I learned a new word today, thunk. At first, given the context, I thought it meant text (as in program code) hunk, but the Hacker's Dictionary suggests it's actually more a term for a closure.
For those not familiar with what a closure is, it's a "thunk" of encapsulated code created by the compiler which is dynamically generated and managed. Stealing the Wikipedia example:
Nested functions are probably the closest thing to a closure you can get with C (I've talked about nested functions and trampolines before). However, because the stack disappears it's not nearly as useful, I think the term for these is lexical closures, because it's basically a way to share some stack and restrict name-spaces.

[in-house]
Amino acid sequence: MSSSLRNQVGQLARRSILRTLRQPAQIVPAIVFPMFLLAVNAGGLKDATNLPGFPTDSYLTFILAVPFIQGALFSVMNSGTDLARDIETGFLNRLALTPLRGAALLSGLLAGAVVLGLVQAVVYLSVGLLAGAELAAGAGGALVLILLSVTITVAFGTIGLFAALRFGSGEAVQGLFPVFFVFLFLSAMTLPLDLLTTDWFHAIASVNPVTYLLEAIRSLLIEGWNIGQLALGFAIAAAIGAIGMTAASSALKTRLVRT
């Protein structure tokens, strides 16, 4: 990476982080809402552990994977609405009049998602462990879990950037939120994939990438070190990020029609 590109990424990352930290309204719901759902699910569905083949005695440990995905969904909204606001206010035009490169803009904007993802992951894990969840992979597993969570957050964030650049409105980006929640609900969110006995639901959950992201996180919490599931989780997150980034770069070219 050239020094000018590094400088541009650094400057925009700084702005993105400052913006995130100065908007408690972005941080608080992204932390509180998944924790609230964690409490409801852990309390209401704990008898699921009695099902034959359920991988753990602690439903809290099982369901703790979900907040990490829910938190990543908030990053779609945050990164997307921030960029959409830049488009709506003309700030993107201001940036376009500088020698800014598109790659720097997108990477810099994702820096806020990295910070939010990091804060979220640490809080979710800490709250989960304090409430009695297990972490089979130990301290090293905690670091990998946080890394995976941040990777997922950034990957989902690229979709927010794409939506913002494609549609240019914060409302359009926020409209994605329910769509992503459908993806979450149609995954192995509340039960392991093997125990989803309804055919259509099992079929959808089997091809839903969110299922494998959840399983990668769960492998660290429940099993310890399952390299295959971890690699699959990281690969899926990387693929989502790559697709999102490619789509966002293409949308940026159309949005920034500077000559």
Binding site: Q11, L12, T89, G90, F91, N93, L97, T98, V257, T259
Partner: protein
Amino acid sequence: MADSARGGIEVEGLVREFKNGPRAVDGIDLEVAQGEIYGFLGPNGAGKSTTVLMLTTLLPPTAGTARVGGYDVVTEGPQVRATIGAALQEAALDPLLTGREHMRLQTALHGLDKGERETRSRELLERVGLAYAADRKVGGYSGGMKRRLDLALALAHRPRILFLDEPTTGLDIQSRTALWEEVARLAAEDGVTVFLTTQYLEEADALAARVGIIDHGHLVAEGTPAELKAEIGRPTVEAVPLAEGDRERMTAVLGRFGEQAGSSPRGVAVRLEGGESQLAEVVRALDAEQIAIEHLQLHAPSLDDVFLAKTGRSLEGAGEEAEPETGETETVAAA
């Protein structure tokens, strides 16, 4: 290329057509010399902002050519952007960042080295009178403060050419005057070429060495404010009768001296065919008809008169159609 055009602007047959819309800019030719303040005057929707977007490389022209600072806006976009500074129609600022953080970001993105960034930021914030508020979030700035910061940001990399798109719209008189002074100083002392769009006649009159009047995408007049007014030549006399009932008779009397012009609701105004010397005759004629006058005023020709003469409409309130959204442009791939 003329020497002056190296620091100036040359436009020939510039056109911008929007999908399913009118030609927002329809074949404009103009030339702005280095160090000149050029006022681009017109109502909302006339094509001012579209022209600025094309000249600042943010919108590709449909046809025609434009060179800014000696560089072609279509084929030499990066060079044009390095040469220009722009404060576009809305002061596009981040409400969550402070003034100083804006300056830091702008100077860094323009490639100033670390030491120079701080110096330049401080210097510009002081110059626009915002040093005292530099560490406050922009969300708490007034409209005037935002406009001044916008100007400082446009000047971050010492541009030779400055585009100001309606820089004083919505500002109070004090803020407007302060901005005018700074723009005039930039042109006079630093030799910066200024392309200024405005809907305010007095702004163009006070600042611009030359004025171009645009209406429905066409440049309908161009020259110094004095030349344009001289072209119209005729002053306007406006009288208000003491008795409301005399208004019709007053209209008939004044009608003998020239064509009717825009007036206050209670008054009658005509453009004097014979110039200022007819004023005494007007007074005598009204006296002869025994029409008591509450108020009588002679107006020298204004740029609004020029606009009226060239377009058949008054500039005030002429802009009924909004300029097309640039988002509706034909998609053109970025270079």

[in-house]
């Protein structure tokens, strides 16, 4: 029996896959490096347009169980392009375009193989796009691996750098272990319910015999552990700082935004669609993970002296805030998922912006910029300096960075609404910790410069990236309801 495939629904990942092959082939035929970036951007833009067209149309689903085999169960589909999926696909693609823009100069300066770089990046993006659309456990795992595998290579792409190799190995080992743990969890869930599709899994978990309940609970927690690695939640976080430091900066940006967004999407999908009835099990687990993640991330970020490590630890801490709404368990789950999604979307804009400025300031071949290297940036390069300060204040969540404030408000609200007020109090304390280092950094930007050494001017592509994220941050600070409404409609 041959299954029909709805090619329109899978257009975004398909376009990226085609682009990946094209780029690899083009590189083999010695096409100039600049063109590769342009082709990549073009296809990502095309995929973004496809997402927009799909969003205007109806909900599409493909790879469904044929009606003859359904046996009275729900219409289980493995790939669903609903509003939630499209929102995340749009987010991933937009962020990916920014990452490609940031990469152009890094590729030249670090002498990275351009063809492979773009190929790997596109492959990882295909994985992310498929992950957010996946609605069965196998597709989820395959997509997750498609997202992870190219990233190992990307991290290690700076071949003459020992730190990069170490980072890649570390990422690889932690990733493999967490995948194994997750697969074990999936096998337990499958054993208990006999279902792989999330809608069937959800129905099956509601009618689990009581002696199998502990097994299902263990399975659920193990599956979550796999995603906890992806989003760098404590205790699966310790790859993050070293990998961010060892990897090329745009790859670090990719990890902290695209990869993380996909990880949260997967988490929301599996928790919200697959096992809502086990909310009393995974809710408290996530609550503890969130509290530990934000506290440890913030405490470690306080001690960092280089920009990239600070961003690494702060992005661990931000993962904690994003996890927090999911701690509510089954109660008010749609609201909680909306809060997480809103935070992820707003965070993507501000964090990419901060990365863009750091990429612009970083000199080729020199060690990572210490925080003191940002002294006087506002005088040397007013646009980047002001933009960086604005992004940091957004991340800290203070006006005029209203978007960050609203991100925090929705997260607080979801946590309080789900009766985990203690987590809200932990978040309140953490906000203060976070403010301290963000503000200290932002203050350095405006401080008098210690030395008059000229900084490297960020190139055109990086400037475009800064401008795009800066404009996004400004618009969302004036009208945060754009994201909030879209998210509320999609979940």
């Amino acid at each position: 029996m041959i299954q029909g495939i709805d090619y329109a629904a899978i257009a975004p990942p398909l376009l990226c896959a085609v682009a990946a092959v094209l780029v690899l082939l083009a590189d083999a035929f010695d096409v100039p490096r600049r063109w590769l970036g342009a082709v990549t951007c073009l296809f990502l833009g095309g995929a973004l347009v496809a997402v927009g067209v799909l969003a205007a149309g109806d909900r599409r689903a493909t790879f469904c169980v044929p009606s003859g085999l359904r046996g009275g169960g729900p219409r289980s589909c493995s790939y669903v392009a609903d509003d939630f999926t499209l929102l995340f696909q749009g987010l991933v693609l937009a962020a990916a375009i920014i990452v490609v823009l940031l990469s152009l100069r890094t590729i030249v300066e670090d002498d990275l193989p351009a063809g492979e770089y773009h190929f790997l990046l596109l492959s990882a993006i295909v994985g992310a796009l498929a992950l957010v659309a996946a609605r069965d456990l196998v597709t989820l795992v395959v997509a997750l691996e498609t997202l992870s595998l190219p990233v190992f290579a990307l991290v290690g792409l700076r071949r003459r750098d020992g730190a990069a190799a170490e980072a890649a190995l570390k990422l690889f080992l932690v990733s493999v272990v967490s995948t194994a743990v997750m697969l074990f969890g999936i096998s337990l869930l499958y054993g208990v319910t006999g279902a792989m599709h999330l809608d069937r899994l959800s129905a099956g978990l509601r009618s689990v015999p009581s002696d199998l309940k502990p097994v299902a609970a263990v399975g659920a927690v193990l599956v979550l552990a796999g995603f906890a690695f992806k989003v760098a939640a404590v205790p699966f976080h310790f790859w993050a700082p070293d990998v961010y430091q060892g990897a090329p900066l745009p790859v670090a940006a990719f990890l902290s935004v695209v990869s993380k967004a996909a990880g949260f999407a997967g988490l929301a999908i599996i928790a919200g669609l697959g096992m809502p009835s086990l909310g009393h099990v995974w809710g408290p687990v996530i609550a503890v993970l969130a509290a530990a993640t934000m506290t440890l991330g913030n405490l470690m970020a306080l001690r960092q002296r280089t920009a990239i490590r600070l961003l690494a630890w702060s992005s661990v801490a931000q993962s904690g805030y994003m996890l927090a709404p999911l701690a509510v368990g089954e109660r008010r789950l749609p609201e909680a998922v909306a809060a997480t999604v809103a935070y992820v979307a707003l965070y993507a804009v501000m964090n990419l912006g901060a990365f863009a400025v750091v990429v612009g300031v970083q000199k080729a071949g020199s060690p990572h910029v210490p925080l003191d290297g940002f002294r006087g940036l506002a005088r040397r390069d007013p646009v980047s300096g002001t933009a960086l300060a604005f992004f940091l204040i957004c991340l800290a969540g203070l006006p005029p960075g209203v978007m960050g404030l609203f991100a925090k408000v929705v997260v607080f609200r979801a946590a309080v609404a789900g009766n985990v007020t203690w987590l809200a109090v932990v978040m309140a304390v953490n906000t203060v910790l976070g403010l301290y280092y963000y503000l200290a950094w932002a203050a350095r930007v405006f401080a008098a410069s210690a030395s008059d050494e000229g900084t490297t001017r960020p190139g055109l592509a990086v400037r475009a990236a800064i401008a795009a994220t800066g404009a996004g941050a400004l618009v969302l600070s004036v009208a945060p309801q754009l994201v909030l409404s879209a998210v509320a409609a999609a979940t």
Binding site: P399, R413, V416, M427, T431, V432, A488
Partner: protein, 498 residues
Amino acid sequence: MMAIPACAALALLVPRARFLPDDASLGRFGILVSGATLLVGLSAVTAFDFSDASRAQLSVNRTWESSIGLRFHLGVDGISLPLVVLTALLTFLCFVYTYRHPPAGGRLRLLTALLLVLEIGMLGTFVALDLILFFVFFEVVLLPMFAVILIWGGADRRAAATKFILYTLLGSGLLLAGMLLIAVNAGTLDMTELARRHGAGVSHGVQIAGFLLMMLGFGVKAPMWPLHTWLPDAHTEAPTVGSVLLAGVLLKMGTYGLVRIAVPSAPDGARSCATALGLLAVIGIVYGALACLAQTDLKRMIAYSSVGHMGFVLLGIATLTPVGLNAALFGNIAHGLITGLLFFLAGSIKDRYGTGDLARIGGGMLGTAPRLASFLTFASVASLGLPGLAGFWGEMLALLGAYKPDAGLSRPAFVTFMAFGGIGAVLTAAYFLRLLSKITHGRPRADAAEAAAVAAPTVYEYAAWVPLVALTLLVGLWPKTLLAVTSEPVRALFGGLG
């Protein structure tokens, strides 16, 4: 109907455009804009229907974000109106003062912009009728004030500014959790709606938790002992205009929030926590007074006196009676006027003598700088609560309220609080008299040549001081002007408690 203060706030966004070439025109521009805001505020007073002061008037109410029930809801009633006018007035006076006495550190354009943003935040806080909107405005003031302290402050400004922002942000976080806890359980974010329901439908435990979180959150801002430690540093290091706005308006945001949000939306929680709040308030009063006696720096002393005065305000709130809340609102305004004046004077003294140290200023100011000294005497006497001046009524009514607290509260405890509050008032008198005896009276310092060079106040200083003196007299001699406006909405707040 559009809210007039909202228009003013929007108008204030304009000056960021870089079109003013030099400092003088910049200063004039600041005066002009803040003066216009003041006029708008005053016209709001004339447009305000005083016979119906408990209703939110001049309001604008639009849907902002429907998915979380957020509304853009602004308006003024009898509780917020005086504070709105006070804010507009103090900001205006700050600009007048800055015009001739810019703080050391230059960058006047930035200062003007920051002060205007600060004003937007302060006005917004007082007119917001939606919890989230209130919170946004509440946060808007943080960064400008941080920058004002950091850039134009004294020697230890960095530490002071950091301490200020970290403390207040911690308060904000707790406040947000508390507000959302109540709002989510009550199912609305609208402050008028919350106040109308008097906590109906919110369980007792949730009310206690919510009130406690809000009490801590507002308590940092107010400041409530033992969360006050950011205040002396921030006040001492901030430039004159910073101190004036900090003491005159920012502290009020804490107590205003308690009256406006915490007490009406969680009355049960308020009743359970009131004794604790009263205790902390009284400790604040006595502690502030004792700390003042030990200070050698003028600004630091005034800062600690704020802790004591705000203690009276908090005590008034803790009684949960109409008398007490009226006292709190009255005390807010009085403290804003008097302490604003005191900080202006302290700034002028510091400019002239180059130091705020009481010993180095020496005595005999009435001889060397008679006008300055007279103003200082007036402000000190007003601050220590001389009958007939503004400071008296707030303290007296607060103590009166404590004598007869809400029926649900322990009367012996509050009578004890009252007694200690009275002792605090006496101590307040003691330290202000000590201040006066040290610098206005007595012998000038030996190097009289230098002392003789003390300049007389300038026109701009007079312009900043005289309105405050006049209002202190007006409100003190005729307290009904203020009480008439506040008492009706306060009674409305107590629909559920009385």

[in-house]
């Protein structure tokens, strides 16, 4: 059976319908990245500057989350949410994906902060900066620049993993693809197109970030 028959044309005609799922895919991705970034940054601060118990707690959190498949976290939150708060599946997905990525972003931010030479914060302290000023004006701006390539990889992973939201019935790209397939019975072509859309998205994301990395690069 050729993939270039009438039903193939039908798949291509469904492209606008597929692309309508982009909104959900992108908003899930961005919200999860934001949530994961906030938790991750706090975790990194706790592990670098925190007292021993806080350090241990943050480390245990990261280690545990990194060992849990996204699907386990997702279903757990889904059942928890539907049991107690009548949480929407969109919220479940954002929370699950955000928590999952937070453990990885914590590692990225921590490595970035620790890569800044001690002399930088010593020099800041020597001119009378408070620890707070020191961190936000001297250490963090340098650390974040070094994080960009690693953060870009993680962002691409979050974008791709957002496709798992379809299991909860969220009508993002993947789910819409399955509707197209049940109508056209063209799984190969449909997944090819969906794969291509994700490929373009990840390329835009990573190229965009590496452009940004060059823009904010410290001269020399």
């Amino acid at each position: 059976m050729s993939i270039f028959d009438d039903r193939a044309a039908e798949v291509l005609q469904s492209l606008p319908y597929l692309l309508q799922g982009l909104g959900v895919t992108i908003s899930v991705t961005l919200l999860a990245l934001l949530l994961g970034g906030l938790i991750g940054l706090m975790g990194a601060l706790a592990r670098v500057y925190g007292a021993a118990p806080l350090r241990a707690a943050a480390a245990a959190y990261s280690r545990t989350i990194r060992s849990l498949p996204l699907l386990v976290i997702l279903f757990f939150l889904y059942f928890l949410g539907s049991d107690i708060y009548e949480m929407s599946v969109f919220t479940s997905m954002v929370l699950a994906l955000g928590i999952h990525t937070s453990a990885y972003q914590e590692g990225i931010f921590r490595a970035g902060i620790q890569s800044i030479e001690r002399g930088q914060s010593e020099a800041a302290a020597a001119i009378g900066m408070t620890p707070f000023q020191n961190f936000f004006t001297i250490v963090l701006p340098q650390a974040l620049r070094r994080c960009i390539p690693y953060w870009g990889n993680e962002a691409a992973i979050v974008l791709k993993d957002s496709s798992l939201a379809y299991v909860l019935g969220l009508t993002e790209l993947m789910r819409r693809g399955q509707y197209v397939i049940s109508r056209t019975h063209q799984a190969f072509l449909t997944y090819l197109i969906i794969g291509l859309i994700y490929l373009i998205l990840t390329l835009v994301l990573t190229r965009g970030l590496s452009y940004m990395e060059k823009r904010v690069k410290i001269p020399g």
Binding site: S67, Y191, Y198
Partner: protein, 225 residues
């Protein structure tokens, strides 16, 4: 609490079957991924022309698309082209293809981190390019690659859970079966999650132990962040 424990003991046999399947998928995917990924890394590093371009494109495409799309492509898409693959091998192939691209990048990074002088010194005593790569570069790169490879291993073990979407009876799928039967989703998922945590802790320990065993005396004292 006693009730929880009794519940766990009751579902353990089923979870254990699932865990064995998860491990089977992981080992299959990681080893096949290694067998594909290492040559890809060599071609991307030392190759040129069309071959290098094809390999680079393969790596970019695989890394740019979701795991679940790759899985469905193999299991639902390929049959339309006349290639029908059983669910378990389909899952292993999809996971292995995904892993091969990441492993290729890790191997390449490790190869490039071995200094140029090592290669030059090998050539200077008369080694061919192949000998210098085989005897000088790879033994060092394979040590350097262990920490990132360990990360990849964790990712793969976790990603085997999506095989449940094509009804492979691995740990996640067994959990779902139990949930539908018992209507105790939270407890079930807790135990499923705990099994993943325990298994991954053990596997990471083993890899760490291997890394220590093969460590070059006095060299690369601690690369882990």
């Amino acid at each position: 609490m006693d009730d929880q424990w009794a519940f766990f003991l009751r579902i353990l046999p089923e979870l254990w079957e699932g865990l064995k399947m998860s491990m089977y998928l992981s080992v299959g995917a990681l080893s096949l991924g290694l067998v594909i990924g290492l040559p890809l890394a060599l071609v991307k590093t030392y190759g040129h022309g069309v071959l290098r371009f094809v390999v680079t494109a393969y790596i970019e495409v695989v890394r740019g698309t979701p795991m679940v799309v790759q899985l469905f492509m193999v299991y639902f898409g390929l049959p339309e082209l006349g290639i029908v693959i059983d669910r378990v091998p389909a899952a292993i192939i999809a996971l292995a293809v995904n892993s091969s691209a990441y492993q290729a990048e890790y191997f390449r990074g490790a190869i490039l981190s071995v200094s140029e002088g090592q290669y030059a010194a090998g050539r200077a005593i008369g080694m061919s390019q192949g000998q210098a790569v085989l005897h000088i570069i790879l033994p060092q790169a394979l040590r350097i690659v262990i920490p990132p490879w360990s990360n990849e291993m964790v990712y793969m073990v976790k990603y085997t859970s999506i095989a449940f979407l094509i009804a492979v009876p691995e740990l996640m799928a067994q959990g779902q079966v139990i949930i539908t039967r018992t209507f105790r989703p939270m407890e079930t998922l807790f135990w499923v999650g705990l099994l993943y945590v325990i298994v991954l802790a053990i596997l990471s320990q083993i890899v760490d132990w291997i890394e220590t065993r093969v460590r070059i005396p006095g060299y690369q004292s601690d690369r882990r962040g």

Amusingly, the code using the term "thunk" was assembler, so my first search was for thunk gas (as in GNU Assembler). This of course lead to endless articles on the high price of gas — a non-renewable fossil fuel running out and capitalists realising inelastic demand can be used to line their pockets? Whoda' thunk it!